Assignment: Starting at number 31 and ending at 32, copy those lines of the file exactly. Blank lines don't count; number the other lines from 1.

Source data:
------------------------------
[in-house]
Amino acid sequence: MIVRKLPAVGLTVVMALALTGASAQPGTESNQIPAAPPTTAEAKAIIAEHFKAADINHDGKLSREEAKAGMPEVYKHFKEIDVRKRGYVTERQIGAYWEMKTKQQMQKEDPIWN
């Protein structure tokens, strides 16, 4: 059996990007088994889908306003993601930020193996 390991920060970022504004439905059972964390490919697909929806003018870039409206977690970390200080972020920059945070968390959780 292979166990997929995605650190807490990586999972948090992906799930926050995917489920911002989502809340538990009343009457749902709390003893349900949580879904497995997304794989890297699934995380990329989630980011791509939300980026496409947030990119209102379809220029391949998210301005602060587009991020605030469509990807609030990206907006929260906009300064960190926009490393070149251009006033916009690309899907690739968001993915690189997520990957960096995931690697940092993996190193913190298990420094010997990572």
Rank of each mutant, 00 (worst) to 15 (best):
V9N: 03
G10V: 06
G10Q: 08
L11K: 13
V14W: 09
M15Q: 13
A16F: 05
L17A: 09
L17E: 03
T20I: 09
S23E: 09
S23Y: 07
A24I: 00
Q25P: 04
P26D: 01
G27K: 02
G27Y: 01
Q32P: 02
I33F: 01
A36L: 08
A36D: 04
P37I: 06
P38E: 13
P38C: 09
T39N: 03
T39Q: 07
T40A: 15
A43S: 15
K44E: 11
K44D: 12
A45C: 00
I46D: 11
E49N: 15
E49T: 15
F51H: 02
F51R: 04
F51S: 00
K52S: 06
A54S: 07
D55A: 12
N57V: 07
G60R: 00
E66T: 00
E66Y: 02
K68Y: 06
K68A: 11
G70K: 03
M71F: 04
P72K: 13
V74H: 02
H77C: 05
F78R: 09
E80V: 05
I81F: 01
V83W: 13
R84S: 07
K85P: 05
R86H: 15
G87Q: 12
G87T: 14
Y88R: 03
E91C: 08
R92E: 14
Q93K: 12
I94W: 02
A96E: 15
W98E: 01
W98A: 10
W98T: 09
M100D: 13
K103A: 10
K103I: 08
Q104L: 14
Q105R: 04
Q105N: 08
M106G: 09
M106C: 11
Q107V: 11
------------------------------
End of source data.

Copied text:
T40A: 15
A43S: 15